May 30, 2010 by Ramesh
Windows Vista and Windows 7 ships with three new folders namely “Local”, “LocalLow” and “Roaming” which has been created by Microsoft intentionally for the following reasons
• Better performance during logon
• Segregation of application’s data based on the usage level
The folder “Roaming” by design ensures that ONLY absolutely essential data like “Favorites” “Desktop” and “Documents” travel with the user thereby making it as a roaming profile. Data stored inside this folder would be user’s preference for a particular application. For instance, Adobe products stores user’s settings in this folder. It is worth to remember that “Roaming” folder is synchronized with the server meaning bigger the size of roaming folder longer the time required to logon to a PC.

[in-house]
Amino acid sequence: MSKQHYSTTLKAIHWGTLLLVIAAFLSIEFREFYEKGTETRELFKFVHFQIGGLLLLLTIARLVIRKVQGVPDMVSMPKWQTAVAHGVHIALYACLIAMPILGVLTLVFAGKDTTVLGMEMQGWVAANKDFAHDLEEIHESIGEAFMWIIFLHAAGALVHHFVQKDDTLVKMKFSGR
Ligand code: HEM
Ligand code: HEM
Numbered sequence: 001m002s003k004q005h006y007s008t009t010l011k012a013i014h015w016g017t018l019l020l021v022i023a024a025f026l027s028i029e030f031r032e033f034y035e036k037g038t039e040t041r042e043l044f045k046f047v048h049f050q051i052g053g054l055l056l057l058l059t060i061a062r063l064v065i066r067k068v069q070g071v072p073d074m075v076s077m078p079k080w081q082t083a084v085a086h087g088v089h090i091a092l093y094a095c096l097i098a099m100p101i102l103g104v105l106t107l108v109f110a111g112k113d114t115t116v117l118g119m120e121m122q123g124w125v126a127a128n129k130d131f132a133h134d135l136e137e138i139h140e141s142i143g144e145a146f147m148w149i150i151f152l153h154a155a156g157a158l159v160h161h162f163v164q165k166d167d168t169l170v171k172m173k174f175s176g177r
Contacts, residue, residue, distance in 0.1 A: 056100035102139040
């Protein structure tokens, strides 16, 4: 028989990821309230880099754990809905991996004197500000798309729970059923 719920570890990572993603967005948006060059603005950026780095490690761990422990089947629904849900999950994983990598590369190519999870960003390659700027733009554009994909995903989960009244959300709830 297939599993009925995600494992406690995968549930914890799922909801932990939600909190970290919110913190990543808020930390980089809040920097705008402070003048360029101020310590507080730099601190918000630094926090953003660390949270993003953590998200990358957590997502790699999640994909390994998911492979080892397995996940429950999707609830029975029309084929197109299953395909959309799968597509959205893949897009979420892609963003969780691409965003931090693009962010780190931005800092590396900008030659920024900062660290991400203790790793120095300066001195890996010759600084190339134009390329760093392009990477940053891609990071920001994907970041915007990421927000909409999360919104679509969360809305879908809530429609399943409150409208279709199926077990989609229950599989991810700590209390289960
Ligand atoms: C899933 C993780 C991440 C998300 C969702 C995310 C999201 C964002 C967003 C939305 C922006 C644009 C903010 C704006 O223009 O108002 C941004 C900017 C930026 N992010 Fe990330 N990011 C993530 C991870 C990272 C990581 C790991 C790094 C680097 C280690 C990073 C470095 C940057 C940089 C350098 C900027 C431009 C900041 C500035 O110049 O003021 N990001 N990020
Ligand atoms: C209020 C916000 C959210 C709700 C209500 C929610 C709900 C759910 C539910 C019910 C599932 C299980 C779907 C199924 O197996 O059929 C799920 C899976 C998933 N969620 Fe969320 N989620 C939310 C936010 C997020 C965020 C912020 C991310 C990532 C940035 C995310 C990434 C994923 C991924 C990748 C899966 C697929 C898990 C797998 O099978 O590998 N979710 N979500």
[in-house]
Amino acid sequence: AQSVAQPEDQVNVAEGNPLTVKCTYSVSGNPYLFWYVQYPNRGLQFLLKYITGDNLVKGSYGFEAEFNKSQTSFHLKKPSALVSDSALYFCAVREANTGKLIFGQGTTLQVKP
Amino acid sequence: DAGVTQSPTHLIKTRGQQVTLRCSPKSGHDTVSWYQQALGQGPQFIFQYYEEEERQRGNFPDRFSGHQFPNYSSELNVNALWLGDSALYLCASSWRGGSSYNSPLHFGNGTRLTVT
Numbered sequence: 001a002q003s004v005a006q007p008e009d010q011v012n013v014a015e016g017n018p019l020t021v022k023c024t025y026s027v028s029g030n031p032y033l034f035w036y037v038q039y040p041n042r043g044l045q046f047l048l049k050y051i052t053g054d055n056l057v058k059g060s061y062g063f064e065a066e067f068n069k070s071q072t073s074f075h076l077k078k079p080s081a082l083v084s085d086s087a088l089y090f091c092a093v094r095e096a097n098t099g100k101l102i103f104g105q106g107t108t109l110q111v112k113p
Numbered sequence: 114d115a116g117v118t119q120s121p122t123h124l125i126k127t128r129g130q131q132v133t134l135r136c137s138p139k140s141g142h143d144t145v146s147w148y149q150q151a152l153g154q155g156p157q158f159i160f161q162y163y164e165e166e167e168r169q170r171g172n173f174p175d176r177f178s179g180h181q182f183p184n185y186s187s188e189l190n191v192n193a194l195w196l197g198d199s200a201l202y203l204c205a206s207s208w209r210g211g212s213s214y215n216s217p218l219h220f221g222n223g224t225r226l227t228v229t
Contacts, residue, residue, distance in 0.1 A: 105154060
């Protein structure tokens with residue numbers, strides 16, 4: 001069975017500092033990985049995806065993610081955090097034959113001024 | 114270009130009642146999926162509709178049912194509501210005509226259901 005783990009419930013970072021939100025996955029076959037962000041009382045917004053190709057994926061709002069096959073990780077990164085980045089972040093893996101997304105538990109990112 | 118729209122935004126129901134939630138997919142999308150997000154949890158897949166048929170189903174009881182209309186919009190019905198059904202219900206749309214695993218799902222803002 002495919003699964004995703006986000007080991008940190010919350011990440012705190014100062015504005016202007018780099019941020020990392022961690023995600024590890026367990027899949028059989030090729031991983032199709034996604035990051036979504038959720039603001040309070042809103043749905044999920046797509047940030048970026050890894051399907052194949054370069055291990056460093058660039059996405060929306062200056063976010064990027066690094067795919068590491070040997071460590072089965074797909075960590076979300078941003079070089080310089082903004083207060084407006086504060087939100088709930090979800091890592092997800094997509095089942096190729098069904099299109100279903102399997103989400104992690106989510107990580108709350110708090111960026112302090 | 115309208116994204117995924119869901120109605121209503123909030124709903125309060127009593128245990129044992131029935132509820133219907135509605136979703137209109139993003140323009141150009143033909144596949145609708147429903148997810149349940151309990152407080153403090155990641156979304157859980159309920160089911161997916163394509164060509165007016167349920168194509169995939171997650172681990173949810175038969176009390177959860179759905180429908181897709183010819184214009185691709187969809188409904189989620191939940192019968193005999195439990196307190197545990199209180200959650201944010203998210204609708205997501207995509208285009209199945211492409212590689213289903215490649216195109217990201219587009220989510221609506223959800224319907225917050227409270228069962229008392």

The folder “Local” is designed to store any machine specific information which wouldn’t be synchronized with the server at logon time. Usually, this data is machine specific. This folder is equivalent to C:\Documents and Settings\Local Settings\Application Data on Windows XP.
This folder stores what Microsoft calls as “Low Integrity” data. IE8, for example, can only write to the locallow folder (when protected mode is on).
The data that would go into any of the above three folders would be a vendor specific design. For instance, Adobe products install the custom dictionaries to “LocalLow” whereas Microsoft products install the same to “Roaming”